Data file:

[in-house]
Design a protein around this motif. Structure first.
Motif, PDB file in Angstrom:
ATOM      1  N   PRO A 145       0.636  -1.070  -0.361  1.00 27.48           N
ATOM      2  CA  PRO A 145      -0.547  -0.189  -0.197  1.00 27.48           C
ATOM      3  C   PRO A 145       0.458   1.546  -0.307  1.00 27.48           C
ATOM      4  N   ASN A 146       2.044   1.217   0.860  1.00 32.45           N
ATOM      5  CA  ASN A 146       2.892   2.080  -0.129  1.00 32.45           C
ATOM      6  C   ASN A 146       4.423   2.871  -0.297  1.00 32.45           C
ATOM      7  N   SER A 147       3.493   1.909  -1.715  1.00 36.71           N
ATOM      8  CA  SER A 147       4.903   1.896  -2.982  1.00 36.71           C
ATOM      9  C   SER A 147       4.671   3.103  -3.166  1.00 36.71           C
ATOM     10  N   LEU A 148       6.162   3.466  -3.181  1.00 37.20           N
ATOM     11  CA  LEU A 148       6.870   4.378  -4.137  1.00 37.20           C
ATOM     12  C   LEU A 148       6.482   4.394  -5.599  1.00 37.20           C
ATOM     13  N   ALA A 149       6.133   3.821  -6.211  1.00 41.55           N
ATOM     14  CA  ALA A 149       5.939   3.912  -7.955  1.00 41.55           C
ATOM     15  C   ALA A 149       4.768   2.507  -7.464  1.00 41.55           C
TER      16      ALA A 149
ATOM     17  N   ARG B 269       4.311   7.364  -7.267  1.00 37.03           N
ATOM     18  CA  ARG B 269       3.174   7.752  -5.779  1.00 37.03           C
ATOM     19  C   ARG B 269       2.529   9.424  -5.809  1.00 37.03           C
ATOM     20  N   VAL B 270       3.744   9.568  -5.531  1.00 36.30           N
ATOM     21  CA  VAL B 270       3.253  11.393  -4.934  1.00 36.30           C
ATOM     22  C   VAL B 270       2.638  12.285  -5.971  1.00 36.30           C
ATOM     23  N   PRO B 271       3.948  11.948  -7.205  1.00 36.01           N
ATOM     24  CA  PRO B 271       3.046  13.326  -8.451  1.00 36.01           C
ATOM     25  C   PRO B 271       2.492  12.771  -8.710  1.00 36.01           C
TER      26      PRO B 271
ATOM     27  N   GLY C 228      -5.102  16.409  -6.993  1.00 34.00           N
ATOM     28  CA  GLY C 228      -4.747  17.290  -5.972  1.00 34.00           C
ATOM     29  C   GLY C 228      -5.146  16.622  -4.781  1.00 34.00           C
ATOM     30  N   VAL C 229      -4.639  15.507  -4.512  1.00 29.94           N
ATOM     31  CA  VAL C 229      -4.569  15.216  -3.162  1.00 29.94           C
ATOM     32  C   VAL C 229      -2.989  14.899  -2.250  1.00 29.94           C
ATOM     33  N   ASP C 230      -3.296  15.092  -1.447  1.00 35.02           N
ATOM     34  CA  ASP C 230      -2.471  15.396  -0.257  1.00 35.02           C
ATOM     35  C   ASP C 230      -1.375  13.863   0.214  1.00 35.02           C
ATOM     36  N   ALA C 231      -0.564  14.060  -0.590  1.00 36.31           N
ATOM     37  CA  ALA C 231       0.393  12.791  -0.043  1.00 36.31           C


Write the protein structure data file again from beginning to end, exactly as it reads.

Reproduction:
[in-house]
Design a protein around this motif. Structure first.
Motif, PDB file in Angstrom:
ATOM      1  N   PRO A 145       0.636  -1.070  -0.361  1.00 27.48           N
ATOM      2  CA  PRO A 145      -0.547  -0.189  -0.197  1.00 27.48           C
ATOM      3  C   PRO A 145       0.458   1.546  -0.307  1.00 27.48           C
ATOM      4  N   ASN A 146       2.044   1.217   0.860  1.00 32.45           N
ATOM      5  CA  ASN A 146       2.892   2.080  -0.129  1.00 32.45           C
ATOM      6  C   ASN A 146       4.423   2.871  -0.297  1.00 32.45           C
ATOM      7  N   SER A 147       3.493   1.909  -1.715  1.00 36.71           N
ATOM      8  CA  SER A 147       4.903   1.896  -2.982  1.00 36.71           C
ATOM      9  C   SER A 147       4.671   3.103  -3.166  1.00 36.71           C
ATOM     10  N   LEU A 148       6.162   3.466  -3.181  1.00 37.20           N
ATOM     11  CA  LEU A 148       6.870   4.378  -4.137  1.00 37.20           C
ATOM     12  C   LEU A 148       6.482   4.394  -5.599  1.00 37.20           C
ATOM     13  N   ALA A 149       6.133   3.821  -6.211  1.00 41.55           N
ATOM     14  CA  ALA A 149       5.939   3.912  -7.955  1.00 41.55           C
ATOM     15  C   ALA A 149       4.768   2.507  -7.464  1.00 41.55           C
TER      16      ALA A 149
ATOM     17  N   ARG B 269       4.311   7.364  -7.267  1.00 37.03           N
ATOM     18  CA  ARG B 269       3.174   7.752  -5.779  1.00 37.03           C
ATOM     19  C   ARG B 269       2.529   9.424  -5.809  1.00 37.03           C
ATOM     20  N   VAL B 270       3.744   9.568  -5.531  1.00 36.30           N
ATOM     21  CA  VAL B 270       3.253  11.393  -4.934  1.00 36.30           C
ATOM     22  C   VAL B 270       2.638  12.285  -5.971  1.00 36.30           C
ATOM     23  N   PRO B 271       3.948  11.948  -7.205  1.00 36.01           N
ATOM     24  CA  PRO B 271       3.046  13.326  -8.451  1.00 36.01           C
ATOM     25  C   PRO B 271       2.492  12.771  -8.710  1.00 36.01           C
TER      26      PRO B 271
ATOM     27  N   GLY C 228      -5.102  16.409  -6.993  1.00 34.00           N
ATOM     28  CA  GLY C 228      -4.747  17.290  -5.972  1.00 34.00           C
ATOM     29  C   GLY C 228      -5.146  16.622  -4.781  1.00 34.00           C
ATOM     30  N   VAL C 229      -4.639  15.507  -4.512  1.00 29.94           N
ATOM     31  CA  VAL C 229      -4.569  15.216  -3.162  1.00 29.94           C
ATOM     32  C   VAL C 229      -2.989  14.899  -2.250  1.00 29.94           C
ATOM     33  N   ASP C 230      -3.296  15.092  -1.447  1.00 35.02           N
ATOM     34  CA  ASP C 230      -2.471  15.396  -0.257  1.00 35.02           C
ATOM     35  C   ASP C 230      -1.375  13.863   0.214  1.00 35.02           C
ATOM     36  N   ALA C 231      -0.564  14.060  -0.590  1.00 36.31           N
ATOM     37  CA  ALA C 231       0.393  12.791  -0.043  1.00 36.31           C